New Music Sunday

New Music Sunday: The 5 Best Songs Released This Past Week Pt. 18

Welcome back our New Music Sunday series, where we curate our favorite tracks from the previous week. Hopefully this eclectic and diverse mix helps you through those Sunday Scaries.

Notable Album & EP Releases

Aisles, Angel Olsen
Infinite Granite, Deafheaven
Never Enough, Disclosure
City Slicker, Ginger Root
Saturday Night, Sunday Morning, Jake Bugg
VISUALS, KUNZITE
Solar Power, Lorde
Wish You Were Here, Niko Rubio
Woman on the Internet, Orla Gartland
The Shapes I’m In, Stephen Day 
interrobang, Switchfoot
Tripp at Knight, Trippie Redd
What Were You Hoping To Find?, Vistas

In chronological order:

“Flowers” – khai dreams 
Release Date – August 18

I was today-years-old when I discovered “intimate pop” artist khai dreams. The work of this Indie pioneer is genre bending, as he borrows influences from many genres including hip-hop, R&B, and surf rock. “Flowers” is one of those infectious, upbeat bedroom-pop beats that can and will lodge itself in your mind for the remainder of the day. The instrumentation blends effortlessly with the vocals, occasionally shifting pace and tempo. This is a track that you cannot pass up. Additionally, if you’re a fan of “Flowers”, you should absolutely keep up with khai dreams in the future.

“Sierra Nights” – Kevin Abstract ft. Ryan Beatty
Release Date – August 19

Fans of BROCKHAMPTON have permission to rejoice, as Kevin Abstract, one of the six lead vocalists of the hip-hop juggernaut, released his latest solo effort “Sierra Nights” this past Thursday. This slick and glossy track takes a step away from the general BROCKHAMPTON direction, embodying Abstract’s inner Dwn2Earth. Abstract, known for his bars on a wide variety of BROCKHAMPTON tracks, handles the verses while singer-songwriter Ryan Beatty covers the chorus. This effortless blend of talent bodes well for Abstract’s individual ear for music. Earlier this year, BROCKHAMPTON noted that their final studio album would release before the end of 2021. Perhaps BROCKHAMPTON fans can tide themselves over by following Abstract’s solo career.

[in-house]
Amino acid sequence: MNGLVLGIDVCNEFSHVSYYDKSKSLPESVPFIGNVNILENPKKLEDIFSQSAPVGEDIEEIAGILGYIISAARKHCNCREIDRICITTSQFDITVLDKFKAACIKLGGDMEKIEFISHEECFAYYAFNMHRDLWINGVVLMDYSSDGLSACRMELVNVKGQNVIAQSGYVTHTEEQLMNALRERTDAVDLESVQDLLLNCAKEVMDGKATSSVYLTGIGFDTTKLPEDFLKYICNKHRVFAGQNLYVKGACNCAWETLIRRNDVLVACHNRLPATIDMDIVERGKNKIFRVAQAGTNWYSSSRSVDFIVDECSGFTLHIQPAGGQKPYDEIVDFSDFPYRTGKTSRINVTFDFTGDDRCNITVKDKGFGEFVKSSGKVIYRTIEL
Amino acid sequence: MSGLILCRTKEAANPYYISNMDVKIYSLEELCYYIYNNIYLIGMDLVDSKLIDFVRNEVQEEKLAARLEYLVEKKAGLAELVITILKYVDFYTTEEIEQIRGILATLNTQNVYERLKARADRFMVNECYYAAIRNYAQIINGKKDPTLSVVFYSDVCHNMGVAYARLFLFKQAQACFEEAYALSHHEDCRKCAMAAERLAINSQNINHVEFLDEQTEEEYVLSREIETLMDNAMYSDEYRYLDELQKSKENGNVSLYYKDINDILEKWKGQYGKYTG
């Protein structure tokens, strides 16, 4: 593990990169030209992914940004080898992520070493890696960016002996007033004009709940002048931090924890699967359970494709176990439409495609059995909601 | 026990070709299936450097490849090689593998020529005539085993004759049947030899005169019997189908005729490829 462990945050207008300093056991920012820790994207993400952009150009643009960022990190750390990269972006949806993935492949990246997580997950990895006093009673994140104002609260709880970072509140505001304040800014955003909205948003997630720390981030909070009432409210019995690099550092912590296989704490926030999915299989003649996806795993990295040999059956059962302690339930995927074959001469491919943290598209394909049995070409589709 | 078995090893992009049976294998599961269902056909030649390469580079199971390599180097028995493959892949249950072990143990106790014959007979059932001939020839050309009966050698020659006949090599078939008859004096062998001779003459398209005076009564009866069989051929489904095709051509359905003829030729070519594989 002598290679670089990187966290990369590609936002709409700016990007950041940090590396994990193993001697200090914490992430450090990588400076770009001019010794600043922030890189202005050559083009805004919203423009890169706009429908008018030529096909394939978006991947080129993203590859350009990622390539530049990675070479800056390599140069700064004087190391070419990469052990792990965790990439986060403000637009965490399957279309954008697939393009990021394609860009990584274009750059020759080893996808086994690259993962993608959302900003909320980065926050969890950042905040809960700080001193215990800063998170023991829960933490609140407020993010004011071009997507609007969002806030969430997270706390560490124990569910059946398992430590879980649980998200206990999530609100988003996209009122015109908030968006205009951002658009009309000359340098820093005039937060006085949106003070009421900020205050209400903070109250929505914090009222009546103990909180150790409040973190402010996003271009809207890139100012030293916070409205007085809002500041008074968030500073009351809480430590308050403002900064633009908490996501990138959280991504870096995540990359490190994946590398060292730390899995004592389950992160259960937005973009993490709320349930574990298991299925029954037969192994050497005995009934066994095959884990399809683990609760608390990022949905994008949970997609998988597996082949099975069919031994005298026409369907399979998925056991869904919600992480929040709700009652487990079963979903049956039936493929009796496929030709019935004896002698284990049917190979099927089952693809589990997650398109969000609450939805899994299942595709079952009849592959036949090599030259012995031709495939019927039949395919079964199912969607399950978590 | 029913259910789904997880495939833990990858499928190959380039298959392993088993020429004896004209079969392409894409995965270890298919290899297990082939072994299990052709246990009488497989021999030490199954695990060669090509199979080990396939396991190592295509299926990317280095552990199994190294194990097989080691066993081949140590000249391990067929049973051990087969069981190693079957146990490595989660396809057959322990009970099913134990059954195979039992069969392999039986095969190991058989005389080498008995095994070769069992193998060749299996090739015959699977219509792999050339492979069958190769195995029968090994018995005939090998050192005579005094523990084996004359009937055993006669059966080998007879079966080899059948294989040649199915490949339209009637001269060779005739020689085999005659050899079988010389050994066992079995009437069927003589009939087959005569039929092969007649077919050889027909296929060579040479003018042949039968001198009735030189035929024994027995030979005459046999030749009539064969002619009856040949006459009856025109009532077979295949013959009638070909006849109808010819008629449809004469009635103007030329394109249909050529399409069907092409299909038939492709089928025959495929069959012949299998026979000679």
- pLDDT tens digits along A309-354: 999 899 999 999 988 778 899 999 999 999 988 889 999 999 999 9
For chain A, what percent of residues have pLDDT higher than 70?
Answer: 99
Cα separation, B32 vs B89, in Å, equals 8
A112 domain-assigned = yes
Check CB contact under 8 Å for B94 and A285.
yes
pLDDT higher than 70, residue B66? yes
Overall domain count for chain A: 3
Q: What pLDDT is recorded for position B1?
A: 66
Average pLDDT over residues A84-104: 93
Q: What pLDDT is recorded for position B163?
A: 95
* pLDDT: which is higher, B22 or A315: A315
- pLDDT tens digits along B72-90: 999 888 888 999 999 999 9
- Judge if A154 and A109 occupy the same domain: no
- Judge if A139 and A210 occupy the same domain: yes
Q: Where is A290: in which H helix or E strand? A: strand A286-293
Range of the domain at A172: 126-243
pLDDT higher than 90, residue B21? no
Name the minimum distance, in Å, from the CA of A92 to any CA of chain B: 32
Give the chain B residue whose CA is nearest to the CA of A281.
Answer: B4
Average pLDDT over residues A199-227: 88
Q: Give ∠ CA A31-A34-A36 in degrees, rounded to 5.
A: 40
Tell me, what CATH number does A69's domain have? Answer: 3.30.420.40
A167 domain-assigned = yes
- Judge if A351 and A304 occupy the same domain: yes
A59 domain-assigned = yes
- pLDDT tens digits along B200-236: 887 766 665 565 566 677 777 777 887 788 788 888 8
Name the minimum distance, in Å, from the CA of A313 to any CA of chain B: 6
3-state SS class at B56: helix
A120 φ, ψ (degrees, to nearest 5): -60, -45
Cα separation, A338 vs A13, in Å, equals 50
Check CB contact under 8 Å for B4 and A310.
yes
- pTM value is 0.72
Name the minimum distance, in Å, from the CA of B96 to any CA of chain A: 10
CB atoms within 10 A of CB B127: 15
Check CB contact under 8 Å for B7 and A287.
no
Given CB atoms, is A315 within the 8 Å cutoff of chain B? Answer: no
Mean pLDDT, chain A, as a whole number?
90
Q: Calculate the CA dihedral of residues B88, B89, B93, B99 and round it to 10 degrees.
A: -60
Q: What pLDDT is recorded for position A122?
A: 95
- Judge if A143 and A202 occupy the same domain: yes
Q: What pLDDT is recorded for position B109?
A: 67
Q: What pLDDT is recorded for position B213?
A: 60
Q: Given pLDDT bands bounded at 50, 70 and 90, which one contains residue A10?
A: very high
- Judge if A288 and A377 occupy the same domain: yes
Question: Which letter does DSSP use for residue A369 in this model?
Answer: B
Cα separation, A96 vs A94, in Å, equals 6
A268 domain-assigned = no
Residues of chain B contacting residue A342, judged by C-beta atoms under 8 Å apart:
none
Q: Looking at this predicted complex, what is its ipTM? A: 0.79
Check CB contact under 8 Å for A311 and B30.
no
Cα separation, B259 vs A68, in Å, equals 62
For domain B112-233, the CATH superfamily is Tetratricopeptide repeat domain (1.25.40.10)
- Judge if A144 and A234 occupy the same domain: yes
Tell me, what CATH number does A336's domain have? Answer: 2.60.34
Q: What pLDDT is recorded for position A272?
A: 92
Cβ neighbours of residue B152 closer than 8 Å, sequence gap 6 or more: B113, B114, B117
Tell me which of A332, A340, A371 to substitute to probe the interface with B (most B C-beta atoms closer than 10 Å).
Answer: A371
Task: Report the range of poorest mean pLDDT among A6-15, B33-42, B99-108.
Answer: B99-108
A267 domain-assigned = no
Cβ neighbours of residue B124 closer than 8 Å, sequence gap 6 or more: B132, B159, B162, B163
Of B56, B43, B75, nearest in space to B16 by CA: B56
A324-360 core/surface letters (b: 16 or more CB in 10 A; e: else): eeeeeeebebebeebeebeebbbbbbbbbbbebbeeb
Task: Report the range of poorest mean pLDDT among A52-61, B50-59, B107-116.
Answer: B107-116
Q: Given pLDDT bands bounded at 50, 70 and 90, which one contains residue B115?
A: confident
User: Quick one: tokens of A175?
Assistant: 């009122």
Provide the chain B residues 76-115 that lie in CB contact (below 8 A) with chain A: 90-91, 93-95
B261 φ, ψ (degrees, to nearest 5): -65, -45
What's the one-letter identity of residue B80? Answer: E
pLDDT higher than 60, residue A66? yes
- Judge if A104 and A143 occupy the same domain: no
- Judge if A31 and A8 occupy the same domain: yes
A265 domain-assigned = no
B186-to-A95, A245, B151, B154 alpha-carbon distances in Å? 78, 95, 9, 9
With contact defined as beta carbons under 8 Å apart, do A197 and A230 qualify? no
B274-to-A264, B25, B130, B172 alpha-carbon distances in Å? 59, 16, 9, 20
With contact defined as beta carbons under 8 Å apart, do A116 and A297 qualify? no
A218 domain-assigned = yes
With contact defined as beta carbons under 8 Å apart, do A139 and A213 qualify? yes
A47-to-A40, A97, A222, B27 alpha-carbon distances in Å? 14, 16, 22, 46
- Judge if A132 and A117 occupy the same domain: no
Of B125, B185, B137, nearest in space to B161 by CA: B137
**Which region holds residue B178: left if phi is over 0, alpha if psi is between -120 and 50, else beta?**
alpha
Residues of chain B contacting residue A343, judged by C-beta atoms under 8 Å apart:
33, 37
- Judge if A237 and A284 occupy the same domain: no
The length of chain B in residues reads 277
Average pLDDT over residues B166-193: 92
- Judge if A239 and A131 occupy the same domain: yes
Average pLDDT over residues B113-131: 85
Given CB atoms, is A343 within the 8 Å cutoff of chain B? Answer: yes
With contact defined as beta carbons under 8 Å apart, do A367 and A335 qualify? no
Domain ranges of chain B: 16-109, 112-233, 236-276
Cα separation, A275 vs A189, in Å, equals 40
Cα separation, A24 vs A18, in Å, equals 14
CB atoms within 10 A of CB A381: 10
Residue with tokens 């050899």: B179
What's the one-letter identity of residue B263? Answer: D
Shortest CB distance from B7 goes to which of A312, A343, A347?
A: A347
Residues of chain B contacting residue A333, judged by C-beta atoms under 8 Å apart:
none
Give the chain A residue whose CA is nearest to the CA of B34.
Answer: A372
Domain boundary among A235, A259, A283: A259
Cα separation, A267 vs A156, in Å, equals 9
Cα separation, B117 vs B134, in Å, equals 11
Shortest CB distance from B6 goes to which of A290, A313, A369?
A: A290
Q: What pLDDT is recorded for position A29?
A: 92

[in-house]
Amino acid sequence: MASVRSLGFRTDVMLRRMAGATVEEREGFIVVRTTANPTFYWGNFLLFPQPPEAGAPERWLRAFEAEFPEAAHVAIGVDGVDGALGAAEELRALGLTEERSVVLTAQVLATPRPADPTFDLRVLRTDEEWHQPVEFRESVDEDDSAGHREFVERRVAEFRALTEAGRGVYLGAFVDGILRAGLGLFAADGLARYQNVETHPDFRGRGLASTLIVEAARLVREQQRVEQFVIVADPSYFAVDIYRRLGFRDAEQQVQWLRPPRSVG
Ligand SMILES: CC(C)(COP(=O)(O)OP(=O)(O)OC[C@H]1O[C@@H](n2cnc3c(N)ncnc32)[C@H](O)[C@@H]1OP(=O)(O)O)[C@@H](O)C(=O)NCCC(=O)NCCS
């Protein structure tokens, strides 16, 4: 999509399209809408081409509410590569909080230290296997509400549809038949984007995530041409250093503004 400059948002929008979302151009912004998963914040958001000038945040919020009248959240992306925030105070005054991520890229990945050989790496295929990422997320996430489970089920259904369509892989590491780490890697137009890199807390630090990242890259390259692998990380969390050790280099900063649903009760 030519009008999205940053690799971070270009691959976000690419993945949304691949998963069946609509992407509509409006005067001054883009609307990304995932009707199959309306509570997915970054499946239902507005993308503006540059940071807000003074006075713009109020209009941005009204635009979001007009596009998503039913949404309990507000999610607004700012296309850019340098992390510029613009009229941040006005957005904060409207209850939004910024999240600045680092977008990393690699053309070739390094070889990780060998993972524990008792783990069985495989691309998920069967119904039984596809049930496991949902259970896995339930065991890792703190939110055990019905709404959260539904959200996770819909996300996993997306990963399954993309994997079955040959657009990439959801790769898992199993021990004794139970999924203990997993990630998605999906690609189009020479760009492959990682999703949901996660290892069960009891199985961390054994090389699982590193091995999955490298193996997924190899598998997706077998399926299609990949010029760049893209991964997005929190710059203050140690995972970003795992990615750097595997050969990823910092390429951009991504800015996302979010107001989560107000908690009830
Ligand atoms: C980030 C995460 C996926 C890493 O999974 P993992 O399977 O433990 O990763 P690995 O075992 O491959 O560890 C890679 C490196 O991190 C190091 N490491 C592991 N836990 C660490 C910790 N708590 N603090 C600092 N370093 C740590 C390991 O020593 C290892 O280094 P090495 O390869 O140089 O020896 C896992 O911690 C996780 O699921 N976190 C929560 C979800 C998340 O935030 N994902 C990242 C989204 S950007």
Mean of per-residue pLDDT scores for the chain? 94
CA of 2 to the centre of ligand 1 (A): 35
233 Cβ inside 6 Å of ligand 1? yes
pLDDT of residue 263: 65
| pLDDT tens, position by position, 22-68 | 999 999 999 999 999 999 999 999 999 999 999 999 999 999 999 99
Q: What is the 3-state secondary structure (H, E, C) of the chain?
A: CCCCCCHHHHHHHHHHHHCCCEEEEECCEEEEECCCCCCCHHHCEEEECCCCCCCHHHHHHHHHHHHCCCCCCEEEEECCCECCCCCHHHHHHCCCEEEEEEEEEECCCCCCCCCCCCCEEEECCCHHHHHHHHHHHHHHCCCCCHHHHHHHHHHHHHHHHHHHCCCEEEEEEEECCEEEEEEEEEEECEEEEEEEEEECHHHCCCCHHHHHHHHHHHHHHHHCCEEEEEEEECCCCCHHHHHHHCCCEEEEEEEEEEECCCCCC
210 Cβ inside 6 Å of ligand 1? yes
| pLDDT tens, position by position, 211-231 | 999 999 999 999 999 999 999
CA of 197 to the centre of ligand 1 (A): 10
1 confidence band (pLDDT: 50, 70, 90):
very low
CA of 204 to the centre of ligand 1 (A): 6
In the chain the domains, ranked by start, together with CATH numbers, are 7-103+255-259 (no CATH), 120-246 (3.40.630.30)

“Kyoto: Bartees Strange Remix” – Phoebe Bridgers, Bartees Strange
Release Date – August 19

This collaboration rocked the collective Staged Haze universe. Not only had one of Phoebe Bridger’s hottest tracks received several remixes; one of those remixes came directly from alt rock producer-songwriter Bartees Strange. It was such a huge drop that Emma and Kristin had to notify Brittany immediately. Without a second to spare, they dropped the link at the same exact time, asking if Brittany had manifested this collaboration. The other members of the team have never seen a more universal display of urgency and excitement. Staged Haze lore aside, this is a worthy rendition of Bridger’s original that has amassed more than 49 million streams on Spotify alone.

“PLN” – Kunzite, Ratatat
Release Date – August 20

The diamond of this week undoubtedly lies with Solar Power by Lorde (we had to name drop the release at least once), but it appears lightning may have struck twice. “PLN” is one of fourteen tracks from Kunzite’s latest release, VISUALS. Imagine everything you’ve come to love from Jungle or Parcels. Now amplify that sound by a thousand. This nearly hour-long journey transcends space, and if the listener closed their eyes, they would be able to imagine the visuals Kunzite puts on display (or fans can cheat and search the visuals on YouTube). Some of the instrumentation is reminiscent of early Kevin Parker / King Gizzard, but the project as a whole has a clearly defined identity. This project is easily among my personal top five for 2021. Allow “PLN” to draw you in, then turn on VISUALS and stare at the ceiling. You will not regret it.

“Things That I’ve Learned” – Orla Gartland
Release Date – August 20

Did I say lightning struck twice? Make it three times. Emma notified the team about Orla Gartland’s debut album Woman on the Internet and needless to say; we were hooked. Gartland draws many similarities to Fiona Apple while adding her own, individual and spunky twist to each of the eleven tracks on this album. Other notable influences include traces of Maggie Rogers and Sara Bareilles. Regardless, Gartland drew a well-defined line in the sand, telling the world that she’s here for the long haul. Admittedly, her work blew me away and may also sneak onto my year-end list. Give Gartland the love she deserves.

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